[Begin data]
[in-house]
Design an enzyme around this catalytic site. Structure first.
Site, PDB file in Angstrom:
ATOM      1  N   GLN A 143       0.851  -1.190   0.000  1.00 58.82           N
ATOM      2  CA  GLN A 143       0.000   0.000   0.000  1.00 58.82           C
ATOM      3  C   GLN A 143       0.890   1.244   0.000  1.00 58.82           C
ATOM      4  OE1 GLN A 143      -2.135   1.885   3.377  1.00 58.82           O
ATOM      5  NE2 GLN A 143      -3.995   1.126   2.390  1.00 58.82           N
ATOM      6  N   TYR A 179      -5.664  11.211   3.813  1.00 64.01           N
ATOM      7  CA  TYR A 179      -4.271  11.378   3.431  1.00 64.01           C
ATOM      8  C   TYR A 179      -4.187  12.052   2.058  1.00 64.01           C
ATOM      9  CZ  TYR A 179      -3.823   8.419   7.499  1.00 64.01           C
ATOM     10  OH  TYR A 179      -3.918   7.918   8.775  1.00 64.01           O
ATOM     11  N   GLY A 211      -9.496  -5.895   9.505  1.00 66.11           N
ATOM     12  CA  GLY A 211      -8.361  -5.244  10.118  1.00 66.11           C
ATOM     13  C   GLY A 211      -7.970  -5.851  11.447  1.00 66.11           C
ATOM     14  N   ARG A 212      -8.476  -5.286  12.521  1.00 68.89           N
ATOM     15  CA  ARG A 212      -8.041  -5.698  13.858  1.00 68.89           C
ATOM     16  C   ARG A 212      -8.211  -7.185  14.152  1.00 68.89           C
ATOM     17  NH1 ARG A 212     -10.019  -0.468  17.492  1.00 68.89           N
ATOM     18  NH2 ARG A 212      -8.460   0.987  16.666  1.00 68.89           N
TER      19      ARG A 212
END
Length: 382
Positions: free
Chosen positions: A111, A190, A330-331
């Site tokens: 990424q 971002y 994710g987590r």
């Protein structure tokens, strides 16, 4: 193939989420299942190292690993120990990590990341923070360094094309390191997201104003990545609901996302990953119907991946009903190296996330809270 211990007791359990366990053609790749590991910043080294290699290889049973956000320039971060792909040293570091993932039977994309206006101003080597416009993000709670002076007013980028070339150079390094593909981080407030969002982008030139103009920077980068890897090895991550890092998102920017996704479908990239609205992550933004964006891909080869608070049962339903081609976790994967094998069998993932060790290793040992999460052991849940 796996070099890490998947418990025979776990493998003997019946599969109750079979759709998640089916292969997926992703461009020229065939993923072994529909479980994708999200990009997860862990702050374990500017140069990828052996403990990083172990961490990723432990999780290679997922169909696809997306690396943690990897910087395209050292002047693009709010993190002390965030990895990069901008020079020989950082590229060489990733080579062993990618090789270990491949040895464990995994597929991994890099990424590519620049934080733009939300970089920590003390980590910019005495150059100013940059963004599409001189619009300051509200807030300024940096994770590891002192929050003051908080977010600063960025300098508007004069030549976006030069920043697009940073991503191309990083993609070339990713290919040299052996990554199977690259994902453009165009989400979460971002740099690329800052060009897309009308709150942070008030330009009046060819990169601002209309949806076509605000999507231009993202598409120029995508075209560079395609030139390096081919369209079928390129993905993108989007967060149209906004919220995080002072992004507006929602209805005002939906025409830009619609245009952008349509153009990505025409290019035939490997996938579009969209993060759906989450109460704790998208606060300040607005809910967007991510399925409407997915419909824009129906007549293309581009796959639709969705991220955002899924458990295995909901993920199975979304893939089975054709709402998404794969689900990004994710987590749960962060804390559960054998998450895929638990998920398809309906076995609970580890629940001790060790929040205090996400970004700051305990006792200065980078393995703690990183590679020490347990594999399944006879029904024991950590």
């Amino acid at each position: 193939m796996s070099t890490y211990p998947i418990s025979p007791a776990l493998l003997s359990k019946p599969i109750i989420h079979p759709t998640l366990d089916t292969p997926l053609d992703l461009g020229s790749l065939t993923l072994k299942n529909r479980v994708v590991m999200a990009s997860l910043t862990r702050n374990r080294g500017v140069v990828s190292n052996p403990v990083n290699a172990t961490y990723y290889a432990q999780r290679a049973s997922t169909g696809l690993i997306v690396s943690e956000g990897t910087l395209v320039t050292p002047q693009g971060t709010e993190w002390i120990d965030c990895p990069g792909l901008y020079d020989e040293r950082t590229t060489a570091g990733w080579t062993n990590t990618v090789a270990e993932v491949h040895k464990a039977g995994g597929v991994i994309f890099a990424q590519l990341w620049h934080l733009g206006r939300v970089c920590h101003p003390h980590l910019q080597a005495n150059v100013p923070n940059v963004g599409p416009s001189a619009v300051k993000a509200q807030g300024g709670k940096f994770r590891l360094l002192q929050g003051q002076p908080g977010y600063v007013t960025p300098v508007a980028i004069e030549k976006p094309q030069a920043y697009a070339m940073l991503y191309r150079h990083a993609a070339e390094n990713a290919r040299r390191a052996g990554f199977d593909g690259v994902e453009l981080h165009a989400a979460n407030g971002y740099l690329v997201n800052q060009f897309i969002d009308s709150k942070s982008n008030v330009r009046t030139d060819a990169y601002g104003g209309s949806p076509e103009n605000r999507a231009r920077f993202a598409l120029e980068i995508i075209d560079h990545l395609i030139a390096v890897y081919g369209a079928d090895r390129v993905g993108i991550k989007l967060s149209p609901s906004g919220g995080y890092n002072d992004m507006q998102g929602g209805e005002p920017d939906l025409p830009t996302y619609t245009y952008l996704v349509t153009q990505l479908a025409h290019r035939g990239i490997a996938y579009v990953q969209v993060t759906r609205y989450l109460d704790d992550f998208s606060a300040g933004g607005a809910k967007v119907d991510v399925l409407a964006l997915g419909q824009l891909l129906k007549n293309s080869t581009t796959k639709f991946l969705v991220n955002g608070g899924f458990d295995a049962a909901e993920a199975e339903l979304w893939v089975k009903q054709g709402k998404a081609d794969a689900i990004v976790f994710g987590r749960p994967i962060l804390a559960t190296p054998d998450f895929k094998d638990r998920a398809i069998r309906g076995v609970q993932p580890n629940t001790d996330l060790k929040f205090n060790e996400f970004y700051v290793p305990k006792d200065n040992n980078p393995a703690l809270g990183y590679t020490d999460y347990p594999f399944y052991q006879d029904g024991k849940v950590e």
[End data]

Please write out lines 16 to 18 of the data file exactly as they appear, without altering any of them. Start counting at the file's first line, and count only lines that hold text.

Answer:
ATOM     13  C   GLY A 211      -7.970  -5.851  11.447  1.00 66.11           C
ATOM     14  N   ARG A 212      -8.476  -5.286  12.521  1.00 68.89           N
ATOM     15  CA  ARG A 212      -8.041  -5.698  13.858  1.00 68.89           C